Churton: The Next Generation
Thursday, 30th January 2020 by Rebecca Gibb MW
Growing up near a spy base might have inspired a career in the secret services but Churton's vine-covered slopes have proved to be magnetic, attracting the next generation of the Weaver family home to continue the legacy their parents created rather than engaging in covert operations.
The founders' two sons, Ben (32) and Jack Weaver (29), are now taking over the reins at Churton Wines. The property sits above the fairway of vines that carpet the Waihopai Valley, also home to two giant golf balls, which allow the New Zealand government to eavesdrop on people all over the Pacific.
Growing up in this remote part of Marlborough, the spy base seemed like an opportunity to get up to mischief. Ben, who now oversees the vineyard and winery operation, remembers: "You had to make your own fun. We used to go on adventure missions as a teenager and with the spy base acros the road, we'd sneak over the road late at night and try to dodge the spotlights."
The brothers would drive tractors and help out in the vineyard that their parents, Sam and Mandy Weaver, established in 2000. Their love of their place in the Marlborough's southern hills nurtured not force fed and the pair have returned to tend this special place.
It's a long way from the cut and thrust of London, the wine world's shop window, where Sam learned his way around the classical wine styles of Europe. Although he grew up in the Shropshire village of Church Pulverbatch - shortened to Churton by the locals – three of his four grandparents were Kiwis. "I have considerably more relations in New Zealand and feel much more comfortable in a rural environment in New Zealand than in the central London club scene," he admits. In 1988, Sam and wife Mandy left the big smoke with newborn Ben for a new life at the bottom of the earth in a fledgling Marlborough wine industry. This was a leap of faith: it was only seven years since the first-ever Marlborough Sauvignon Blanc had been made and just four years since Marlborough Sauvignon Blanc had first electrified the London wine trade's palate with its vibrant flavours and scintillating freshness.
As a trained microbiologist and with extensive knowledge of European wine, Sam's skills were in high demand in the 1990s. "I was making wine for a host of different people. The Marlborough wine scene was booming and there were lots of people who were starting wineries but knew nothing about wine." However, it was only a matter of time before he was asked to make wine for his UK wine trade contacts and Churton was born in 1997. The need to secure a long-term grape supply led to a search for the right site and after two years of searching, the answer was on the doorstep. On a hillside that rises above the family's home, they found their place. The Pinot Noir vineyard that borders the steep cliff is appropriately named The Abyss.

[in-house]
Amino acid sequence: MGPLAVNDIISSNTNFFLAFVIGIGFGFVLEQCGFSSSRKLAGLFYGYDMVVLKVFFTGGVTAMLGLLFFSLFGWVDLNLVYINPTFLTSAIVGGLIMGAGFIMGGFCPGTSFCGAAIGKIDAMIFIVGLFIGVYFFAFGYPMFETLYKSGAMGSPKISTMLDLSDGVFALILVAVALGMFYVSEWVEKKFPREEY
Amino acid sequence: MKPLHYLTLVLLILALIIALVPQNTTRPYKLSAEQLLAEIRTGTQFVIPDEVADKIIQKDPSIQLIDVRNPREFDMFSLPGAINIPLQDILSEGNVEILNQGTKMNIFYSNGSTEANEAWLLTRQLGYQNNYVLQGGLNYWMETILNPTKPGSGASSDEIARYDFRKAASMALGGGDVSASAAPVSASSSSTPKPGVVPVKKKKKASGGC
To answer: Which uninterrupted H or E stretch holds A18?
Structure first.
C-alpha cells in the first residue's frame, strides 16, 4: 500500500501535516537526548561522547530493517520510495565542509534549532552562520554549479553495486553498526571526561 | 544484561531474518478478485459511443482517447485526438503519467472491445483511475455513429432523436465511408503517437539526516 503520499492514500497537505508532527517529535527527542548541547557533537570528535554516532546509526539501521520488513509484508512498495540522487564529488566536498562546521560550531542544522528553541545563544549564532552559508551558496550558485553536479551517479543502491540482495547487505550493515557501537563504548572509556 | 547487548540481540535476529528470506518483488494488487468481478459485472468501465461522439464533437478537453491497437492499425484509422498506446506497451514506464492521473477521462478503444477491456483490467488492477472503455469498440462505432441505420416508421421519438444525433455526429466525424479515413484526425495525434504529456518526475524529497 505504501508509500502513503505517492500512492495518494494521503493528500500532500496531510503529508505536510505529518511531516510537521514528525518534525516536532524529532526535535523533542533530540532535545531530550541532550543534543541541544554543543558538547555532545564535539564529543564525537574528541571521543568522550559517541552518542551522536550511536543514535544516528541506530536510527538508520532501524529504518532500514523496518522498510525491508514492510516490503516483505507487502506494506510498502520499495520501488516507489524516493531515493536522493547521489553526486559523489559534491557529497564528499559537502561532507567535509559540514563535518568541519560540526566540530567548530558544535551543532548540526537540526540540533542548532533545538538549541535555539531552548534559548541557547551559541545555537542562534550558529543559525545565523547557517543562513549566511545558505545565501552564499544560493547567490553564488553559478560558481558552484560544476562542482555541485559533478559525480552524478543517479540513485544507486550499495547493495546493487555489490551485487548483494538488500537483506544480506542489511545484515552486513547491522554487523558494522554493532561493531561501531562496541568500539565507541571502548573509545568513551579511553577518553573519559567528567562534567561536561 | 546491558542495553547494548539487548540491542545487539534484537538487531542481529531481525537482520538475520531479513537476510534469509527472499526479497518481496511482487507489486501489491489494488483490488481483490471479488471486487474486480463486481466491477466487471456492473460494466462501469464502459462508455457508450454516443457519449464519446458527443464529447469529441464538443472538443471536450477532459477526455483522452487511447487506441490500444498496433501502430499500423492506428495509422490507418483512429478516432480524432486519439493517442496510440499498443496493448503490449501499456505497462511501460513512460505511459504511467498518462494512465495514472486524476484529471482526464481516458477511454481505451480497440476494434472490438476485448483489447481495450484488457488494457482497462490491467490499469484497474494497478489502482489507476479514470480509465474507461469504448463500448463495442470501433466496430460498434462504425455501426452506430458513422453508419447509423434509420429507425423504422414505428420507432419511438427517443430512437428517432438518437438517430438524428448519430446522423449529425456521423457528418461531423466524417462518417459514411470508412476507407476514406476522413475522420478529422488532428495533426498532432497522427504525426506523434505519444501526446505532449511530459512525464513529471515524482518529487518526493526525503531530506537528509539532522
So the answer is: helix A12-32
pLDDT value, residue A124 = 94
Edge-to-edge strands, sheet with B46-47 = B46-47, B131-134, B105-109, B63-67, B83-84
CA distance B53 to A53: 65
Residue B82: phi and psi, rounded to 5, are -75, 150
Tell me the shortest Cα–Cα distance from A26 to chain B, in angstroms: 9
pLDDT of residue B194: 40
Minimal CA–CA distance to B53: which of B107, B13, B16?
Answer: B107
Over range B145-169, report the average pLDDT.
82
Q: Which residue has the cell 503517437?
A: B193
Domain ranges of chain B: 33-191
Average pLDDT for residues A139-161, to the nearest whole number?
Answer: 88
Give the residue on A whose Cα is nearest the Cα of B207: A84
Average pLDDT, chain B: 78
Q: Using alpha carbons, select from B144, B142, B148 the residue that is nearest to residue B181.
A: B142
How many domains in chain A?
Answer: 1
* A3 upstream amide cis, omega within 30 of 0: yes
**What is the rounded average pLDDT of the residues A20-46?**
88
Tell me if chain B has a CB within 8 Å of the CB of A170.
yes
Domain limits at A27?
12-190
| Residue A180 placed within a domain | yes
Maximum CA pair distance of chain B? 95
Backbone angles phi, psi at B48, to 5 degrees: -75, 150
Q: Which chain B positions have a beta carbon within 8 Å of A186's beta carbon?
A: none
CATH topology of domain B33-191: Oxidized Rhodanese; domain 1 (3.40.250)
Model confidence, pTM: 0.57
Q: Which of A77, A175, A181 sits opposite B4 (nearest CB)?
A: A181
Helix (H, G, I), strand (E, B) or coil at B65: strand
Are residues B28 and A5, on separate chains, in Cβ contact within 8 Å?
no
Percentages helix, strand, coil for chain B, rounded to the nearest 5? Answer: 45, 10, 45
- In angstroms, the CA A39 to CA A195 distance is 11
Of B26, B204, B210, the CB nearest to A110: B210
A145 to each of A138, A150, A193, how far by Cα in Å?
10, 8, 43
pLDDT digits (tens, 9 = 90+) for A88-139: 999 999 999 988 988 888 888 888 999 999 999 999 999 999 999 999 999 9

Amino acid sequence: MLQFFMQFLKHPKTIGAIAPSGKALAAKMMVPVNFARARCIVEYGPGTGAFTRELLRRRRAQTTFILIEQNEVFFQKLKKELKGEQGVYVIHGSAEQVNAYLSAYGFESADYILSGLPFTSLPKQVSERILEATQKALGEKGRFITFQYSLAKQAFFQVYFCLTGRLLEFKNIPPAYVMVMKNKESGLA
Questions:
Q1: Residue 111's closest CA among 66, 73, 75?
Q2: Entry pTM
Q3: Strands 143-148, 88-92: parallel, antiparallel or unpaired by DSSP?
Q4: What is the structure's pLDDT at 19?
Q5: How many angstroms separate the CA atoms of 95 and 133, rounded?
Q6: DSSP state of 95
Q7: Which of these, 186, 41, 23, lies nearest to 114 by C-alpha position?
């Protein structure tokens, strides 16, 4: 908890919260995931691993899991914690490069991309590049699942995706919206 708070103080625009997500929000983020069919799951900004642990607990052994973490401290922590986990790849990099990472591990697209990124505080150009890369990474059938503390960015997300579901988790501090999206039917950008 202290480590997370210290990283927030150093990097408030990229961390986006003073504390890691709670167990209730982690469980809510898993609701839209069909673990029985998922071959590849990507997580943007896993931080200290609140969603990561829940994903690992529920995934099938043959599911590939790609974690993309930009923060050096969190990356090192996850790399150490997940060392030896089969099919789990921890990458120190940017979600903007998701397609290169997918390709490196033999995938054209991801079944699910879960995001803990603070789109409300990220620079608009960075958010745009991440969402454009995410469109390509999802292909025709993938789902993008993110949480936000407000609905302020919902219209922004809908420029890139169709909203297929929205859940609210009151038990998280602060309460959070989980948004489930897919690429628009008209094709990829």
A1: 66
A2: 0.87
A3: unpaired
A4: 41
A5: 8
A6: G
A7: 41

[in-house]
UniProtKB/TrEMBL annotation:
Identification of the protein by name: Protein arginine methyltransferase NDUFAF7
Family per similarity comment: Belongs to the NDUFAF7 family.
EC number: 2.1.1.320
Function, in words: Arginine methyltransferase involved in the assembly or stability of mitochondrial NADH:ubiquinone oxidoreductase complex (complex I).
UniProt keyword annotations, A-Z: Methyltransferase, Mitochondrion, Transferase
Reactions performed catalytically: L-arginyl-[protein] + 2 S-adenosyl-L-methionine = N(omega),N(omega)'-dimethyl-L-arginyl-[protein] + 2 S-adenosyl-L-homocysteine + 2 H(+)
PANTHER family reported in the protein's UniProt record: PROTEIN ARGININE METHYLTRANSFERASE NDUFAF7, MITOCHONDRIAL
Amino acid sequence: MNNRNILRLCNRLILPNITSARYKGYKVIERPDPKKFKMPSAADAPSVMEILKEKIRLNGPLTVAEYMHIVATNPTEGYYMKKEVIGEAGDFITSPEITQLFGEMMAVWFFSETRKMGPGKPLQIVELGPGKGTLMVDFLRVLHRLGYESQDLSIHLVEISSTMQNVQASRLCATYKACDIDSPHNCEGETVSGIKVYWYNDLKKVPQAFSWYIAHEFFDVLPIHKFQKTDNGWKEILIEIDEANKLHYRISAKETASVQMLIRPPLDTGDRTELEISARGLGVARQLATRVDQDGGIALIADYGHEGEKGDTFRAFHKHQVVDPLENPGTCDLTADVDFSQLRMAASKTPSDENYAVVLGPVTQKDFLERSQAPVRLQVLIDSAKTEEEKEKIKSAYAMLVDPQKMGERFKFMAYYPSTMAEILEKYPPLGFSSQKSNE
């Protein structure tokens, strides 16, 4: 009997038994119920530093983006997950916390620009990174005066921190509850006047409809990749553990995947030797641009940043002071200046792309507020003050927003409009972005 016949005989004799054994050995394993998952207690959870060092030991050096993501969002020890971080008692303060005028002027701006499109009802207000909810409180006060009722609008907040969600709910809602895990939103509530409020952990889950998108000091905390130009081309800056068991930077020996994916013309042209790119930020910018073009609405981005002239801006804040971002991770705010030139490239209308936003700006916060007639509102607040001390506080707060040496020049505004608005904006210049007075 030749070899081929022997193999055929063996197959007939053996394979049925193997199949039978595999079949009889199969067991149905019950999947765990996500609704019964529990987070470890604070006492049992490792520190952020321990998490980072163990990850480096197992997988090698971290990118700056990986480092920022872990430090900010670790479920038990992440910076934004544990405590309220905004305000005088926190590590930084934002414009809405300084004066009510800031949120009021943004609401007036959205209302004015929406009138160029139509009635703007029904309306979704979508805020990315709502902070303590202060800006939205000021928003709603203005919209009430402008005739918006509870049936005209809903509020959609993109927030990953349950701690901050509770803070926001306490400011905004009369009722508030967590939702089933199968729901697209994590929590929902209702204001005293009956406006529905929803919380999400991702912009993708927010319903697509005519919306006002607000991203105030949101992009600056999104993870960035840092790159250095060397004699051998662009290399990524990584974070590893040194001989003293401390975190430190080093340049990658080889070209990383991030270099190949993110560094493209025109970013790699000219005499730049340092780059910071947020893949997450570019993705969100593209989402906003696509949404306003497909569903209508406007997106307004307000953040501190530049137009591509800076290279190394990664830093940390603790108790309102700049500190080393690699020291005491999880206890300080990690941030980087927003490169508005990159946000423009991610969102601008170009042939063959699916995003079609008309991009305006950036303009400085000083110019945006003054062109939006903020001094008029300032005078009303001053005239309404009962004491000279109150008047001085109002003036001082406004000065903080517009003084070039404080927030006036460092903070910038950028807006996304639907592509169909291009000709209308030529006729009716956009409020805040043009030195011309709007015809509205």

When the first vines were planted, only one other true hillside vineyard had been planted in Marlborough. Hillsides remain a minority in New Zealand even today For those who grew up on a diet of European wines, hillside vineyards were the home of some of the continent's finest wines whether it was the cascading slopes of the Côte d'Or, the vertiginous banks of the Mosel or the terraces of the Douro Valley. Sam says: "When I first came to New Zealand, I couldn't work out why all the vineyards were on the flats. Having a farming background you get a feel for what makes a good site and I remember answering a Master of Wine exam essay in 1986 or '87 on what were the benefits of a hillside so all those things came together and made absolute sense."
A love for the land and farming is clear on the 22 blocks that comprise the Churton vineyards, which are named after cuts of meat including The Flank, The Rump and Best End – the source of Churton's superlative Sauvignon Blanc. Organically certified since 2008, making it one of the first 20 vineyards in New Zealand to receive the stamp of approval, the close-planted vineyard is also run along biodynamic principles and the Weavers have the intention of setting the Demeter certification wheels in motion this year. It's not unexpected: since passing the baton to his sons, Sam has taken over the role as chair of the Biodynamic Association of New Zealand.
The tender loving care that has been ploughed into this remote corner of Marlborough over the past 20 years has seen Churton become one of the the region's finest producers, making elegant and understated wines that are a world apart from Marlborough as you might know it.